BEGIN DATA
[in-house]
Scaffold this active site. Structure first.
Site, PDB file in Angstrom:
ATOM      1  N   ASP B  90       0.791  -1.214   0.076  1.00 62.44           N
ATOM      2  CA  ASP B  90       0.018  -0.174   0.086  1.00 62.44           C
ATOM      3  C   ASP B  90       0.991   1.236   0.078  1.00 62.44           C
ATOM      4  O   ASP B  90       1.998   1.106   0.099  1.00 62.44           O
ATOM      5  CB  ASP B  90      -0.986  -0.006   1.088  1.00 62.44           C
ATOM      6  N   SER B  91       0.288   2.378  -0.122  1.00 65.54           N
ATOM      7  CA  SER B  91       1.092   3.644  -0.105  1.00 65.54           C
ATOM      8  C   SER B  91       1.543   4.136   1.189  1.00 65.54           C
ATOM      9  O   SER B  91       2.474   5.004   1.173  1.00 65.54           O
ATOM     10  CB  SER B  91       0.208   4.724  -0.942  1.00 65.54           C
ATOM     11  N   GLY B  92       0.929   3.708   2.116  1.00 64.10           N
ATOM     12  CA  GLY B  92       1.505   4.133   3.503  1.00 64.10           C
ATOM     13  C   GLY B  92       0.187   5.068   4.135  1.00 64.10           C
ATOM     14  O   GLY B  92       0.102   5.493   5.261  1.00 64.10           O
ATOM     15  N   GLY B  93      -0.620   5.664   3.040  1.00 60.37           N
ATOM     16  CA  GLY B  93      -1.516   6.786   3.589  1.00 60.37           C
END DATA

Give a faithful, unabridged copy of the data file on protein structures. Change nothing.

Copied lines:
[in-house]
Scaffold this active site. Structure first.
Site, PDB file in Angstrom:
ATOM      1  N   ASP B  90       0.791  -1.214   0.076  1.00 62.44           N
ATOM      2  CA  ASP B  90       0.018  -0.174   0.086  1.00 62.44           C
ATOM      3  C   ASP B  90       0.991   1.236   0.078  1.00 62.44           C
ATOM      4  O   ASP B  90       1.998   1.106   0.099  1.00 62.44           O
ATOM      5  CB  ASP B  90      -0.986  -0.006   1.088  1.00 62.44           C
ATOM      6  N   SER B  91       0.288   2.378  -0.122  1.00 65.54           N
ATOM      7  CA  SER B  91       1.092   3.644  -0.105  1.00 65.54           C
ATOM      8  C   SER B  91       1.543   4.136   1.189  1.00 65.54           C
ATOM      9  O   SER B  91       2.474   5.004   1.173  1.00 65.54           O
ATOM     10  CB  SER B  91       0.208   4.724  -0.942  1.00 65.54           C
ATOM     11  N   GLY B  92       0.929   3.708   2.116  1.00 64.10           N
ATOM     12  CA  GLY B  92       1.505   4.133   3.503  1.00 64.10           C
ATOM     13  C   GLY B  92       0.187   5.068   4.135  1.00 64.10           C
ATOM     14  O   GLY B  92       0.102   5.493   5.261  1.00 64.10           O
ATOM     15  N   GLY B  93      -0.620   5.664   3.040  1.00 60.37           N
ATOM     16  CA  GLY B  93      -1.516   6.786   3.589  1.00 60.37           C